Jewish Hospital argues that Coan does not control the choice of law issue because Coan was overruled in Haughton v. Haughton, 76 Ill.2d 439, 31 Ill.Dec. 183, 394 N.E.2d 385 (1979). In Haughton the court held that the portion of § 18 which limits its application to Illinois residents violated the federal and state equal protection clauses. Jewish Hospital argues vigorously that the elimination of the residence requirement in former § 18 renders the rationale in Coan meaningless. This argument is without merit. The Court is in substantial agreement with the decision of Norman v. Kal, 550 F. Supp. 736 (N.D.Ill. 1982) which specifically held that Haughton did not overrule Coan. The crux of the matter is that the Coan decision is based on an analysis of legislative intent at the time the borrowing statute was enacted. The fact that a portion of another statute that was relied on to discern the legislative intent is unconstitutional is of no consequence.*fn1 The Court is bound by the ruling of the Illinois Supreme Court in Coan that the borrowing statute was never intended to apply when an Illinois resident is a party to the action.*fn2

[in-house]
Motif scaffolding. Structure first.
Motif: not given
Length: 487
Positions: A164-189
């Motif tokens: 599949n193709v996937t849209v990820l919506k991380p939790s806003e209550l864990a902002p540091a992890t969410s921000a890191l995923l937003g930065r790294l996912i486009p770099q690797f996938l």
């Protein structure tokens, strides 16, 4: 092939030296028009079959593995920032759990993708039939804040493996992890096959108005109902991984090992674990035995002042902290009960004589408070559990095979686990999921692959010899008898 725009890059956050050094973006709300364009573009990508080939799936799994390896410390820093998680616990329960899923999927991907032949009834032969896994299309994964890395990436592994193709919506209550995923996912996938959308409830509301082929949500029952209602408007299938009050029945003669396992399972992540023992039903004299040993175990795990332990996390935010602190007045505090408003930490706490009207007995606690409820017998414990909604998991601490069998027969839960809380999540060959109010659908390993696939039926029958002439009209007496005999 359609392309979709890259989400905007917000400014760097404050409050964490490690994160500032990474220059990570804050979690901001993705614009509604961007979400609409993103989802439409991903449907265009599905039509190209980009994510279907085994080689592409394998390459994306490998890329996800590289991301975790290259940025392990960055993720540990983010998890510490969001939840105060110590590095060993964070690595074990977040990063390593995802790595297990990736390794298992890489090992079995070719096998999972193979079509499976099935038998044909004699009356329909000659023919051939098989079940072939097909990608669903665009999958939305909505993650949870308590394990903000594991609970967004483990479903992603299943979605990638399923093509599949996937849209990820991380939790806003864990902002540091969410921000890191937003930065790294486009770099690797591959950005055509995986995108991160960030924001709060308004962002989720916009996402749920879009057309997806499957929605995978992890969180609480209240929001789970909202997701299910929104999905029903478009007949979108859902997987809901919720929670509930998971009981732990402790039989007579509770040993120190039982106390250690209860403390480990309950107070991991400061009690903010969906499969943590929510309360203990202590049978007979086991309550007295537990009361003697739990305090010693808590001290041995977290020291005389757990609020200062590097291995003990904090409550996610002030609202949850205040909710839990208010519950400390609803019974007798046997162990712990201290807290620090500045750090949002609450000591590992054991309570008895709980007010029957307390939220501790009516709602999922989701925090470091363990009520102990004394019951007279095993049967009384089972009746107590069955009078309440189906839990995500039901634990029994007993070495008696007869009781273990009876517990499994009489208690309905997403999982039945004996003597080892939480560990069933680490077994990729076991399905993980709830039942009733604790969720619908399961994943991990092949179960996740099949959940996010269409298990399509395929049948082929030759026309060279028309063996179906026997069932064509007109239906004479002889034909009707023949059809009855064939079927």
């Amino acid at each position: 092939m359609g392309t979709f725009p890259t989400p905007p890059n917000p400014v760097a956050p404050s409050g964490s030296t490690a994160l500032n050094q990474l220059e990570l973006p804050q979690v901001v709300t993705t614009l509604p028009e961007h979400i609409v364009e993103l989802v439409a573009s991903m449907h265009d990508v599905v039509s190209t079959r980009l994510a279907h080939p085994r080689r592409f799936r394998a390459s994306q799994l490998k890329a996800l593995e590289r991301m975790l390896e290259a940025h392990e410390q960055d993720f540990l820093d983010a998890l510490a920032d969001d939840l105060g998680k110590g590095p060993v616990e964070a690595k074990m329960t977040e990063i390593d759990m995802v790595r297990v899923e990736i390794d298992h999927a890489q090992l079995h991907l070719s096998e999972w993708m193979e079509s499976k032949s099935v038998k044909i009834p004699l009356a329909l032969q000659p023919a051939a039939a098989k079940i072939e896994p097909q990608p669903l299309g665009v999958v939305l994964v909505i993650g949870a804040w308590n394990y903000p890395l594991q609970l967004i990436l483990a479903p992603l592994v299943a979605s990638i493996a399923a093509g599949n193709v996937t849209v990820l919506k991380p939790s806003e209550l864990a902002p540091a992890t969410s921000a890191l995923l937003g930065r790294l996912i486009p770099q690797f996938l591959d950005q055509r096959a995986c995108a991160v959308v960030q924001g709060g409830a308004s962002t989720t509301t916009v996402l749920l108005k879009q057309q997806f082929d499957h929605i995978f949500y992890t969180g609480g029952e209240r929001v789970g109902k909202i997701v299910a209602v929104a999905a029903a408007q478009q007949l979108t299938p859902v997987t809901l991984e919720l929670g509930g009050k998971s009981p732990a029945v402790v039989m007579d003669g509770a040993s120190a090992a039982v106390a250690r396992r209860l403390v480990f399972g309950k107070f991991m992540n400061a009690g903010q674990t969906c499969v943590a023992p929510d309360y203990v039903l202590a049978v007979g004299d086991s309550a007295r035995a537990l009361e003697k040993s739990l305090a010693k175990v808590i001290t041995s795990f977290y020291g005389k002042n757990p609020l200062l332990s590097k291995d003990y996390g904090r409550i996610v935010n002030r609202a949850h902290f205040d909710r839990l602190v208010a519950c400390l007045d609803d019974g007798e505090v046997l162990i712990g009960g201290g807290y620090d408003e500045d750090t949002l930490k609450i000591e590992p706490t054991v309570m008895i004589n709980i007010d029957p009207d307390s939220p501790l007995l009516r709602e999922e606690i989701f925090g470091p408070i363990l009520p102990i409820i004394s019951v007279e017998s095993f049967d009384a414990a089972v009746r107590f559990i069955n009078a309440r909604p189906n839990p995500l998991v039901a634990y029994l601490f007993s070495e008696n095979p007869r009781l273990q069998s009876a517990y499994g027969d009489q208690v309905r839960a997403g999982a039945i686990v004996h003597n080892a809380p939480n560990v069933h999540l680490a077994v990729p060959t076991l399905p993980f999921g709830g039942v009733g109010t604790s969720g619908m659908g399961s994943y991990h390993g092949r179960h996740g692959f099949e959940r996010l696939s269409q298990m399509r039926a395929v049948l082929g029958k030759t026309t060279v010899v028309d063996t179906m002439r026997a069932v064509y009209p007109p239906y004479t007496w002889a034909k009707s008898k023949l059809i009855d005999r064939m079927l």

Since Nutty is a resident of Illinois, the Court must apply the Illinois Statute of Limitations. In Illinois an action for medical malpractice must be commenced within two years from the date the "claimant knew, or through the use of reasonable diligence should have known . . . of the existence of the injury . . .," but in no event shall such action be brought more than four years after the negligence. Ill. Rev.Stat., ch. 110, para. 13-212. Courts have included in the definition of the word "injury" the element of wrongful causation. Therefore, the statute starts to run when a person knows of his injury and also knows or reasonably should know that it was wrongfully caused. Witherell v. Weimer, 85 Ill.2d 146, 52 Ill.Dec. 6, 11, 421 N.E.2d 869, 874 (1981).